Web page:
The regiment was formed as a consequence of the 1881 Childers Reforms, a continuation of the Cardwell Reforms, by the amalgamation of the 43rd (Monmouthshire) Regiment of Foot (Light Infantry) and the 52nd (Oxfordshire) Regiment of Foot (Light Infantry), forming the 1st and 2nd Battalions of the Oxfordshire Light Infantry on 1 July 1881. In 1908, as part of the Haldane Reforms, the regiment's title was altered to become the Oxfordshire and Buckinghamshire Light Infantry, commonly shortened to the Ox and Bucks.

On 3 September 1939 – two days after Germany had invaded Poland—the British Empire, France and their Allies declared war on Germany, beginning the Second World War. During that conflict the regiment raised nine battalions and the 3rd (Special Reserve) Training Battalion. The regiment saw service in France, North Africa, Burma, Italy, Belgium, the Netherlands and Germany. Approximately 1,408 officers and other ranks of the Oxfordshire and Buckinghamshire Light Infantry lost their lives during the Second World War.

The British rapidly sent the British Expeditionary Force (BEF) to France in September 1939 which included the Regular Army 1st Battalion, Oxford and Bucks as part of 11th Infantry Brigade, 4th Infantry Division. They were joined in January 1940 by the 1st Buckinghamshire Battalion and the 4th Ox and Bucks, both of which were Territorial units serving alongside the 4th Battalion, Royal Berkshire Regiment, as part of the 145th Infantry Brigade, part of 48th (South Midland) Infantry Division. In late January, due to a new policy within the BEF of integrating the Regular and Territorials, the 1st Ox and Bucks was exchanged in 11th Brigade for the 5th (Huntingdonshire) Battalion, Northamptonshire Regiment and transferred to the 143rd Infantry Brigade, of the 48th Division.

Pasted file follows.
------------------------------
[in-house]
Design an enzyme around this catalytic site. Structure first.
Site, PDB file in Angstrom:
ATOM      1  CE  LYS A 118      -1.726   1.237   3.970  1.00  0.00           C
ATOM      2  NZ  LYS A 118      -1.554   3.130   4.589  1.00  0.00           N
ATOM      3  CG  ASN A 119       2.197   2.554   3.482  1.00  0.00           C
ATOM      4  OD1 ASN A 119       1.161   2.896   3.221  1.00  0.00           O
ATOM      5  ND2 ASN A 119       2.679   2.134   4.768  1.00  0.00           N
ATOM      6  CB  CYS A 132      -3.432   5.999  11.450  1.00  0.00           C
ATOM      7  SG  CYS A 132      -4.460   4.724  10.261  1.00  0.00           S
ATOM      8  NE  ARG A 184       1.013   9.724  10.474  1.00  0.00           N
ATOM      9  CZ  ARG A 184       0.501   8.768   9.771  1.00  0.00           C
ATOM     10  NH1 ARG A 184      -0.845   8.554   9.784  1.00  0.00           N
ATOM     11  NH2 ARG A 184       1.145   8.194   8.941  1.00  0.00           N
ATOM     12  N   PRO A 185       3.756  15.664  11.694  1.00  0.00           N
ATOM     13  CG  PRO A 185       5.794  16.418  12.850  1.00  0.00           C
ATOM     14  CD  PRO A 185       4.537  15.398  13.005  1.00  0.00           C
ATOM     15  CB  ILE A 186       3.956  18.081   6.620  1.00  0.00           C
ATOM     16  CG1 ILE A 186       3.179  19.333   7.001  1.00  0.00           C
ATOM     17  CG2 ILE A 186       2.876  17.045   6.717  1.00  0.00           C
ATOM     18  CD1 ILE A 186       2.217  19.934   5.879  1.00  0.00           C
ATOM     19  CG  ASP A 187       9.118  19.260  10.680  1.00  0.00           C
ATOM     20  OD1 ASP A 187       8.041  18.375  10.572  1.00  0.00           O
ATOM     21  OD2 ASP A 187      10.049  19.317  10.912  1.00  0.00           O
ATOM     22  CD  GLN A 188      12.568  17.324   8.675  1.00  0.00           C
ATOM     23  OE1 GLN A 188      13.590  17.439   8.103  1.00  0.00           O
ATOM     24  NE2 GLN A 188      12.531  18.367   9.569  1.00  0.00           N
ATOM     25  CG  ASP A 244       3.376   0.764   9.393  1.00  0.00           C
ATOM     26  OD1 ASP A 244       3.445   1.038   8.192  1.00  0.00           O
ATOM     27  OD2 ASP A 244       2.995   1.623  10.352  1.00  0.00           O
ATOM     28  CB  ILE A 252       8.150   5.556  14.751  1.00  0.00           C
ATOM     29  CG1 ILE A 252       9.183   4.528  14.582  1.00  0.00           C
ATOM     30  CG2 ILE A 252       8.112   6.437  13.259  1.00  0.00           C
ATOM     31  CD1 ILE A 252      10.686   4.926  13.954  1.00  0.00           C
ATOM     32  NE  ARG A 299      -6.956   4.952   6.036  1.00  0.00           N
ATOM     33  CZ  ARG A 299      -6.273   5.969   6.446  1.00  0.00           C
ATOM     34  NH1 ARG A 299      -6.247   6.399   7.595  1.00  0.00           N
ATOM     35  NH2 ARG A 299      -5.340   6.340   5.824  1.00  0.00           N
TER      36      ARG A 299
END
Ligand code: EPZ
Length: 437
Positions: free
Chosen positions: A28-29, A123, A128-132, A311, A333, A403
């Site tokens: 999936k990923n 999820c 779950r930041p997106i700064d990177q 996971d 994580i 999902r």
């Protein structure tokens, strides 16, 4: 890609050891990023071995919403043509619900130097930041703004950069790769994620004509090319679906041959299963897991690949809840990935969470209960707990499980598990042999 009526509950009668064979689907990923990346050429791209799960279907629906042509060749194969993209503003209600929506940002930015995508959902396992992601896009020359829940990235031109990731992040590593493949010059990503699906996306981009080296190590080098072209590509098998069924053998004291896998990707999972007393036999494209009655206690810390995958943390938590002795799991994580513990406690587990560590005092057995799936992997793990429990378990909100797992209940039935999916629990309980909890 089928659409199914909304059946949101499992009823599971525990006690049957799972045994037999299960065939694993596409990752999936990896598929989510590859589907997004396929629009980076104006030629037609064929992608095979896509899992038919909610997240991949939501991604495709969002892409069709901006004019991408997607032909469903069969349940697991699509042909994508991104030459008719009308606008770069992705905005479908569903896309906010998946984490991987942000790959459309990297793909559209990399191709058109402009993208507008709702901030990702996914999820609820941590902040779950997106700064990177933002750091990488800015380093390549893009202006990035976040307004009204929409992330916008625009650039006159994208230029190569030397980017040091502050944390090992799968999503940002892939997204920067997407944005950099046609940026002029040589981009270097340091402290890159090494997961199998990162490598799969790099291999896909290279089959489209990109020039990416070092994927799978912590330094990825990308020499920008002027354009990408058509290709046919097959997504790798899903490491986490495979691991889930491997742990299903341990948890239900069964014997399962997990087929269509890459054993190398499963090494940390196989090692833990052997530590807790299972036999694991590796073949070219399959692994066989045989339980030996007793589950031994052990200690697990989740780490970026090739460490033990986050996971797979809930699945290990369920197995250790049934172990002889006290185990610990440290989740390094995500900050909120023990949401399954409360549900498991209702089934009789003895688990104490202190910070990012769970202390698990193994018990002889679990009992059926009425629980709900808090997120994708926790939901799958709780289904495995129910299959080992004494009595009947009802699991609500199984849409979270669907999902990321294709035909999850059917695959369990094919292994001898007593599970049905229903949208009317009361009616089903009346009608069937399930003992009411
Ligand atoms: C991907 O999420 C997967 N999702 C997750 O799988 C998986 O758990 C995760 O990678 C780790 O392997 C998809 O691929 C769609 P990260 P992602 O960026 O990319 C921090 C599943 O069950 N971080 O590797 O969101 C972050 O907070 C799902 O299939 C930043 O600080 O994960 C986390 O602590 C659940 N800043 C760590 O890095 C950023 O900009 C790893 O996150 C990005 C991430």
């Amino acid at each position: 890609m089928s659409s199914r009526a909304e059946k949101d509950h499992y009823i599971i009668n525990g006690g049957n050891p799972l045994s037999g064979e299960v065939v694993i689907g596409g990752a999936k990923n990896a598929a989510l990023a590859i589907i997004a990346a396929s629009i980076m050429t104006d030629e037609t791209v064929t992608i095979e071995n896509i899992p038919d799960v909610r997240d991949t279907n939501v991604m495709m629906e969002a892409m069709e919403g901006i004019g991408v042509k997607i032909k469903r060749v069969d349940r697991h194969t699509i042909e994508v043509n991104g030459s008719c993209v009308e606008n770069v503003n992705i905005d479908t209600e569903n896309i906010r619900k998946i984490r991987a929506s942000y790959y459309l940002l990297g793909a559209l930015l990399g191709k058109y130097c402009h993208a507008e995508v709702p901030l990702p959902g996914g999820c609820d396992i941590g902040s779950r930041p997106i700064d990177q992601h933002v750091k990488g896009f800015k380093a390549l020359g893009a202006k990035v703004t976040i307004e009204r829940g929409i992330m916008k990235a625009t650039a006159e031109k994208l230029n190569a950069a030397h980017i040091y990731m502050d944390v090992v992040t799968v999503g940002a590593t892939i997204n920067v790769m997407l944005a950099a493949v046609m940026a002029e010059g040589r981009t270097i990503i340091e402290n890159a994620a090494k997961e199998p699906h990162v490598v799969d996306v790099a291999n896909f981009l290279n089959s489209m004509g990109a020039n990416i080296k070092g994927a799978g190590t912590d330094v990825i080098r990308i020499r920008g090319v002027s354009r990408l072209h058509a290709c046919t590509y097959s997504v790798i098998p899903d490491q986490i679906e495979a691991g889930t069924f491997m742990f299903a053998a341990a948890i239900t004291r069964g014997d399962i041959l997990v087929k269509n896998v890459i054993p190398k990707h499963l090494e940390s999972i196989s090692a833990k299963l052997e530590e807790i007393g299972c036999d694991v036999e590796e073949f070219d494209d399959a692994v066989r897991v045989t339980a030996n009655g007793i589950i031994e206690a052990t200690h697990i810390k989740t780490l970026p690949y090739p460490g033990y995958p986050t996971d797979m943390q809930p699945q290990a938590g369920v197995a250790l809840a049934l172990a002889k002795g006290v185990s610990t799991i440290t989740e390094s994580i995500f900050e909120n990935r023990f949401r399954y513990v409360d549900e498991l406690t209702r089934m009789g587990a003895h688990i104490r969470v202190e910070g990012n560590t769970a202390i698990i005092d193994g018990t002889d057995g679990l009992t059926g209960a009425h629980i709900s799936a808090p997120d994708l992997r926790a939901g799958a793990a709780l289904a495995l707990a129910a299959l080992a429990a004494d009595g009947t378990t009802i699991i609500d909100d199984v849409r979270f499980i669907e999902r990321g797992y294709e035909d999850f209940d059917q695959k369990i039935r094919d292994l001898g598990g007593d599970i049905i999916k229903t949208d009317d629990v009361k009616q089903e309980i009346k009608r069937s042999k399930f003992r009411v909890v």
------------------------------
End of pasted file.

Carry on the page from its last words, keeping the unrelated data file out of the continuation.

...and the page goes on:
The Wehrmacht launched its invasion of the Low Countries on 10 May 1940, shattering a period of the conflict that was known as the Phoney War. The German invasion of northern Belgium—where the BEF was located—was a diversion with the main attack being through the poorly-defended Ardennes forest. The BEF withdrew west towards the Dendre river after the Dutch Army had surrendered during the Battle of the Netherlands, and then withdrew further towards the Scheldt river by 19 May. The 1st Ox and Bucks (43rd), 4th Ox and Bucks (TA) and 1st Bucks (TA) were involved in action along the line of the River Scheldt (Escaut), south of Tournai. The British force, having given a good account of themselves in the defense of the Scheldt, eventually withdrew into France, moving towards the area around Dunkirk. The evacuation of British forces back to Britain began on 26 May, known as Operation Dynamo (26 May–3 June). The 1st Ox and Bucks took part in the Battle of the Ypres-Comines Canal (26–28 May) and were eventually evacuated from Dunkirk, having suffered more than 300 casualties. The 4th Ox and Bucks (TA) took part in the defense of Cassel, Nord until 29 May. 4th Ox and Bucks were eventually encircled by German forces near Watou and forced to surrender. The battalion had split into two groups with the aim of reaching Dunkirk by going through the surrounding enemy forces. The battalion sustained many casualties and had to surrender; becoming prisoners of war for the next five years. Only four soldiers from the two groups of 4th Oxfordshire and Buckinghamshire Light Infantry that had left Cassel returned to the UK. The 1st Buckinghamshire Battalion took part in the battle for Hazebrouck which commenced on 27 May where they came under heavy attack from all directions by the German 8th Panzer Division and for a week managed to delay the German advance. The 1st Bucks were eventually ordered to fight their way back to Dunkirk; only 10 officers and approximately 200 men of the battalion reached the United Kingdom. However, more than 338,000 British, French and Belgian troops were evacuated during the Dunkirk evacuation.